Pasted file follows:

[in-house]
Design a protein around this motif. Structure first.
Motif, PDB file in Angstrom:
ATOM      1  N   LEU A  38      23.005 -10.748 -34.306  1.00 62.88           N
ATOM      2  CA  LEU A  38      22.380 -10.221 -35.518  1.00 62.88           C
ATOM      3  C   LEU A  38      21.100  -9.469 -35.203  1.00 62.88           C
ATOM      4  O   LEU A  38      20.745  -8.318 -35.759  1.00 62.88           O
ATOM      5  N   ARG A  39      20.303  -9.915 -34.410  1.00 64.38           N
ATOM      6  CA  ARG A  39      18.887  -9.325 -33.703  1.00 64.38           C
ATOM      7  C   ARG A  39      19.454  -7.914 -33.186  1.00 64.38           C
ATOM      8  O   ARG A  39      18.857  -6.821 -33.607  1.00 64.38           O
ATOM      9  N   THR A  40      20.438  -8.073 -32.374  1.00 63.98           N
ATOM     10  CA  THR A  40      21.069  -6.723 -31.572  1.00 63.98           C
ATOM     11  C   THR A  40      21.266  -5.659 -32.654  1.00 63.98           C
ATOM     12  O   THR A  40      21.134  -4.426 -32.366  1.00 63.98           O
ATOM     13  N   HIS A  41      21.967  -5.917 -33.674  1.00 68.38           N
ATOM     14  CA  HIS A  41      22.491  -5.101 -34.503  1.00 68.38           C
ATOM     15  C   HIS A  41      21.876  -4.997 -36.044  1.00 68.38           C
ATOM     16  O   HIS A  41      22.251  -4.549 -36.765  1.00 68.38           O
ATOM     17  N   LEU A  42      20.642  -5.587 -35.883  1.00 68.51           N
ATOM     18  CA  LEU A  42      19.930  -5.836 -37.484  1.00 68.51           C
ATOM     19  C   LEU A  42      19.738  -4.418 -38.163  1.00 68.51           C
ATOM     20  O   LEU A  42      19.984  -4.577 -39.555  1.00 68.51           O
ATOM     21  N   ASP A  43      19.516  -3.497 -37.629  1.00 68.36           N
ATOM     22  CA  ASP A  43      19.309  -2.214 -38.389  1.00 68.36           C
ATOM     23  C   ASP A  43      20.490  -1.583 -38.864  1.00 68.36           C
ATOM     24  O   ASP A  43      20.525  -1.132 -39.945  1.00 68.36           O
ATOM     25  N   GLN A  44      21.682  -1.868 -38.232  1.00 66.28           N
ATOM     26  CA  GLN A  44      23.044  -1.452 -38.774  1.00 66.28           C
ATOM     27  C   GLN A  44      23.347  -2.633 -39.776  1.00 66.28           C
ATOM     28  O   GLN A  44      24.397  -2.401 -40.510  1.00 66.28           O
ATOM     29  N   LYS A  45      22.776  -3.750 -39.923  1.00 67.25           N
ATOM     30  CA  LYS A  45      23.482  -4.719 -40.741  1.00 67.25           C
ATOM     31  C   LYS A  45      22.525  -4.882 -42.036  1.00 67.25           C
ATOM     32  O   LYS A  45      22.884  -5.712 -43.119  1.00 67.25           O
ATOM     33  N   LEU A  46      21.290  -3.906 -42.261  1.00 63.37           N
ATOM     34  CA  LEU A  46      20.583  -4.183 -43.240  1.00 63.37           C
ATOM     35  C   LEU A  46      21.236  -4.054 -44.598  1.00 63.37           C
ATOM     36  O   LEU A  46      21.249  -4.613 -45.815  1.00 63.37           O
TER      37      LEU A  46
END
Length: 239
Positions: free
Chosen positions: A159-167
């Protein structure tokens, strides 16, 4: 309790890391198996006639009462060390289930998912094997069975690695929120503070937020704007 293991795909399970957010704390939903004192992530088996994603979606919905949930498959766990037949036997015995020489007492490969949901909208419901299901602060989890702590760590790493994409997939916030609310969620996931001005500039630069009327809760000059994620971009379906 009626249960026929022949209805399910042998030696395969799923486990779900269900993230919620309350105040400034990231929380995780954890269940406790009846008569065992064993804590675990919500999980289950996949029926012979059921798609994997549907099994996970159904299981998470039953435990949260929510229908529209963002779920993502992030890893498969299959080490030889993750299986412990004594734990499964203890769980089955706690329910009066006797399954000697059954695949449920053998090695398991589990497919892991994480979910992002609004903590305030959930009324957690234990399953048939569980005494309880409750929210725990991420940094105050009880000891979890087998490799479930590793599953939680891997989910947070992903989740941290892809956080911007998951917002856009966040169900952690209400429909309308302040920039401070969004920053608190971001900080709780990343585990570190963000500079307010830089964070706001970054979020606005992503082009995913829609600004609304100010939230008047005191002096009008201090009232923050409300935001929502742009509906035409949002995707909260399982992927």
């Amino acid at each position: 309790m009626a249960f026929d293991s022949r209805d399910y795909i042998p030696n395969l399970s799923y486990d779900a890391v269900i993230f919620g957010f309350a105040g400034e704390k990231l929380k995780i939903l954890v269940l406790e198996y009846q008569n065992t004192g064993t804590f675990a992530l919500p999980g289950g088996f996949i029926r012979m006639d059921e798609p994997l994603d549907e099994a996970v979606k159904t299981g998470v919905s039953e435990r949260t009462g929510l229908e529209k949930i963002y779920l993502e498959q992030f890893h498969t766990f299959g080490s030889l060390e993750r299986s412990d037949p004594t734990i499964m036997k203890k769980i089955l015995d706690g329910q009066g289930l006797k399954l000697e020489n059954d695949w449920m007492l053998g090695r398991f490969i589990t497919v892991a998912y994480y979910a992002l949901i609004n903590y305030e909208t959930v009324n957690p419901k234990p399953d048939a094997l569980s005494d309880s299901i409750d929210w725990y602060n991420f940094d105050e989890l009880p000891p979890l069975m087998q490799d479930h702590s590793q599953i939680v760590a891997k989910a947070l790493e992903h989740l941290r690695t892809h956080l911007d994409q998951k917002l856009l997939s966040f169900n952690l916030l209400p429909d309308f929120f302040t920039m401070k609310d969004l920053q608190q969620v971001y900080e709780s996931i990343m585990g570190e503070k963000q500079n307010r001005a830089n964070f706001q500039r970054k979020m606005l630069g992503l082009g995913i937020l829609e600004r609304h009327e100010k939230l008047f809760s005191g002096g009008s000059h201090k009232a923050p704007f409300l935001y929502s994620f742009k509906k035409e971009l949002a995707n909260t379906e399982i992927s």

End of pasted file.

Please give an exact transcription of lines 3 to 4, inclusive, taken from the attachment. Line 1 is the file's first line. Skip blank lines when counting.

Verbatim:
Motif, PDB file in Angstrom:
ATOM      1  N   LEU A  38      23.005 -10.748 -34.306  1.00 62.88           N